Poem Word patria bonus amicus gens forum palaestra stadium gymnasium
Poeticism Score .63 .52 .68 .66 .51 .87 .25 .75

The diction in these lines in general is, statistically speaking, not very poetic, and some parts again seems to reference Rome. Palaestra and gymansium stand out a little, but they still conjure up normal parts of Greek social life.[7] Stadium too should fit in with palaestra and gymansium, but the common use of it in measurement contexts seems to have skewed the score toward prose. The reason for the relatively plain score for the words could mean that Catullus was trying to bring this image into a more translatable context, similar to that of Catullus 85. That is, he does not need to pepper these lines with poetic diction to show Attis’ despair and loss, rather the plainness seems to augment his lament. Imagine the lament of an exiled college student: “Will I be away  from the classroom, my stuff, my friends and my roommates? Will I be away from the dining hall, the football games, and the library?” The words are simple, and because of this the aguish of the exile from them would also be easily understood and felt.

Through the analysis of Catullus 63 with the poeticism scale, we can come to understand a key technique that Catullus uses in order to convey a deep poetic meaning, similar to that of Catullus 85. In a complex manner he builds up a poem with distinctly standard and highly poetic structure. It is with this structure as a backdrop, that Catullus draws the most on emotion to emphasize the tragedy and torment of Attis’ situation through his deviation. On the topic of why Catullus chooses this poem, I like Elders’ explanation the most: the topic of emasculation shown through the cultic practices of the priests of Cybele would have been horrifying and intriguing, leaving the only safe route to explore the situation, through literary works. Catullus then explores the plight of a Greek character but using Roman nuances to make the story translatable to his audience.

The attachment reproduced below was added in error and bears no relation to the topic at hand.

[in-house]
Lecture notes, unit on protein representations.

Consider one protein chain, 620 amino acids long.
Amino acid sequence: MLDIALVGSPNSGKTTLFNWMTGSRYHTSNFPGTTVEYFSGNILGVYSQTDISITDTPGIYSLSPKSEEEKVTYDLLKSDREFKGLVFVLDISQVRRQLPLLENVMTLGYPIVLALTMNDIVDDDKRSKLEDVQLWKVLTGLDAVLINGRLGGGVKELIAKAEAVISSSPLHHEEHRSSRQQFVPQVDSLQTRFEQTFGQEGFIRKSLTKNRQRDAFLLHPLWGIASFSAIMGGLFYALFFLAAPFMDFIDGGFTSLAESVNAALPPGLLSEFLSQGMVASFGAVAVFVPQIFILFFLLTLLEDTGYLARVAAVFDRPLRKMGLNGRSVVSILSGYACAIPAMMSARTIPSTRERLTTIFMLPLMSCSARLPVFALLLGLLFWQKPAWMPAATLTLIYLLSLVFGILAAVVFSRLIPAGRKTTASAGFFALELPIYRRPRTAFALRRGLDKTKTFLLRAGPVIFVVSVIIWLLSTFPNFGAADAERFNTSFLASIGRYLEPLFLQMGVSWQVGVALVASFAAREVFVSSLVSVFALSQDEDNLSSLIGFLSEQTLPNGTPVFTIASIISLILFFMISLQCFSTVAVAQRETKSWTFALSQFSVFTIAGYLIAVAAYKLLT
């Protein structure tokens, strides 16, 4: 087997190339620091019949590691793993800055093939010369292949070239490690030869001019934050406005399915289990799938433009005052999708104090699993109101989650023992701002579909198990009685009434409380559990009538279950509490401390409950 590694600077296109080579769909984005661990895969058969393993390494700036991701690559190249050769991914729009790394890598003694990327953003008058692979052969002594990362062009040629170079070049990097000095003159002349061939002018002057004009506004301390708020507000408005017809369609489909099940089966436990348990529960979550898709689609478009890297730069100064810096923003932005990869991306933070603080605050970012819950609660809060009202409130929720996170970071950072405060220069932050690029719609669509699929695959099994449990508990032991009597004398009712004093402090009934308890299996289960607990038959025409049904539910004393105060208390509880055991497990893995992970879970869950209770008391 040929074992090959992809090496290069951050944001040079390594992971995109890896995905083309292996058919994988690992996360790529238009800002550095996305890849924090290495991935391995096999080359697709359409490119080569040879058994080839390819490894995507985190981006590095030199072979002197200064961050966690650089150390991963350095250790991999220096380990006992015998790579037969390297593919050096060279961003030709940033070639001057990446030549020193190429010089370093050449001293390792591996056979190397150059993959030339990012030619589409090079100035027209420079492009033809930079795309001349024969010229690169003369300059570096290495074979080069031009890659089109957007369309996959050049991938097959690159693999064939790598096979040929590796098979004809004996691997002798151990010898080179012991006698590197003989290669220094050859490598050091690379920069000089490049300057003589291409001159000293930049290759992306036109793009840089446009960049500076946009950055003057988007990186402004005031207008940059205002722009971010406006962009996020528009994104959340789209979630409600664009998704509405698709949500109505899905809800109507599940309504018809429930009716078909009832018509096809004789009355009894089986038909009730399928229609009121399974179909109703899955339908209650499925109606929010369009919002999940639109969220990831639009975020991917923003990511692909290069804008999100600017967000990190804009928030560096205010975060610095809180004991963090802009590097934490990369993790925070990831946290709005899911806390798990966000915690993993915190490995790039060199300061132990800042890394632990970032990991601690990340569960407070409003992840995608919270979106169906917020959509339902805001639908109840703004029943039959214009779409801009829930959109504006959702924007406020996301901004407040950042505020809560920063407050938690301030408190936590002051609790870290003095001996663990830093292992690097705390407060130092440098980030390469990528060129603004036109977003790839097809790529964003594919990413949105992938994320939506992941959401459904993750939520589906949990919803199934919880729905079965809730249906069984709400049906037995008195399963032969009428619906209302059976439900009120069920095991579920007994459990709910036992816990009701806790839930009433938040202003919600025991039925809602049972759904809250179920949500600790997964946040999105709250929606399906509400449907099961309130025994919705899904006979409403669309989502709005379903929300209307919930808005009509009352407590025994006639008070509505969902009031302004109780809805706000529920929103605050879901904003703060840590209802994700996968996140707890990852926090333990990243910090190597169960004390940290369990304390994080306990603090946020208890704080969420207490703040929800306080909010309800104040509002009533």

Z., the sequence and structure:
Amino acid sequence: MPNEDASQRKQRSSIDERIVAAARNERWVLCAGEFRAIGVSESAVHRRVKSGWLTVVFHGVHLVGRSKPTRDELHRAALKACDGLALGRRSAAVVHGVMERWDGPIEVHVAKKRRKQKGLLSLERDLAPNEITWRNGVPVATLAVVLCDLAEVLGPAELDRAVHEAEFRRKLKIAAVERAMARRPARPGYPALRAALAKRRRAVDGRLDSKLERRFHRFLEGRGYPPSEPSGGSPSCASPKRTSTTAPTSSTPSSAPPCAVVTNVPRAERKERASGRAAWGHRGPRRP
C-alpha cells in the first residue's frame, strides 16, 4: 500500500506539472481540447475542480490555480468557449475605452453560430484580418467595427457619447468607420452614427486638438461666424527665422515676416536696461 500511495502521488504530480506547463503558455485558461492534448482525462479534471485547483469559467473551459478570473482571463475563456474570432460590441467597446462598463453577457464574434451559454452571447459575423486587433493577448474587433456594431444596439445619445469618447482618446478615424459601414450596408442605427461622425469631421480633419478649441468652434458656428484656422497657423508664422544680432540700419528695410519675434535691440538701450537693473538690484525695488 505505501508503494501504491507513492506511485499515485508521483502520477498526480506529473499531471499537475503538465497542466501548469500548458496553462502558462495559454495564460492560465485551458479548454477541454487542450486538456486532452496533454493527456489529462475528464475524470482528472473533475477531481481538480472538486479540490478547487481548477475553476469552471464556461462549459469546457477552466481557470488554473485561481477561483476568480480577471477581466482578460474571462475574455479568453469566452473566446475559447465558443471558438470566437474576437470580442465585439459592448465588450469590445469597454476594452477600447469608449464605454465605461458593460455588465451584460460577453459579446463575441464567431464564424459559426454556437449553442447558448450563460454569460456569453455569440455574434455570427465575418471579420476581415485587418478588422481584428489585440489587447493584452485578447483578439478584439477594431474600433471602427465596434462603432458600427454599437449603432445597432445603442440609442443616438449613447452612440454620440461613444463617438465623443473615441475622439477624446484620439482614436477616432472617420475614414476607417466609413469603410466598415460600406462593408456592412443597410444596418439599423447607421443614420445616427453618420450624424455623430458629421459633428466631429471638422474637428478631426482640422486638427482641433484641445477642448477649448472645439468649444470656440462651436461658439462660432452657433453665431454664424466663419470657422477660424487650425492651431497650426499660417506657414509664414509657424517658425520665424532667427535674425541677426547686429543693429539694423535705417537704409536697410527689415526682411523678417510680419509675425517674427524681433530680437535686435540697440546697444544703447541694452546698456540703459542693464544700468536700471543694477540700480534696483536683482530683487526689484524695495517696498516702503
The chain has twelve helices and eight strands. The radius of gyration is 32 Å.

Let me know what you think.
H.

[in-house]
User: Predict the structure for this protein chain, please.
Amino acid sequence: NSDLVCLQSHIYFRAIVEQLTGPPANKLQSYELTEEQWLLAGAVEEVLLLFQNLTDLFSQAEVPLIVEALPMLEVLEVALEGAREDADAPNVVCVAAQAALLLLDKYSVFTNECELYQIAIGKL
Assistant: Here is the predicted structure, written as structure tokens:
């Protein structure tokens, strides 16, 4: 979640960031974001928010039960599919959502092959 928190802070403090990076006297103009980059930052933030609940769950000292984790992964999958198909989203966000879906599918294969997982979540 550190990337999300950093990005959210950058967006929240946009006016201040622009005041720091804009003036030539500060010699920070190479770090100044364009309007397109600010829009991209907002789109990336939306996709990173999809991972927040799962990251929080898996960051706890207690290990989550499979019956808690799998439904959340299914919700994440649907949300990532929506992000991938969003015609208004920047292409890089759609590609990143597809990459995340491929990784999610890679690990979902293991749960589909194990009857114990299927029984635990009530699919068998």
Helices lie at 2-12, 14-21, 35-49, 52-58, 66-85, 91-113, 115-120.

[1] Gerald N Sandy, “The Imagery of Catullus 63,” Transactions and Proceedings of the American Philological Association 99 (1968): 389–399, at 390.

[2] Sandy, “The Imagery of Catullus 63,” 399.

[3] John P. Elder, “Catullus’ Attis,” The American Journal of Philology 68, no. 4 (January 1, 1947): 375.

[4] R.G.G. Coleman, “Poetic Diction, Poetic Discourse and the Poetic Register” Proceedings of the British Academy (1999): 22.

[5] Coleman, “Poetic Diction,” 92.

[6] Coleman, 55.

[7] Ruurd Nauta, “Catullus 63 In a Roman Context.” Mnemosyne 57, no. 5 (2004): 624.

Classical Studies at Dickinson College in the Nineteenth Century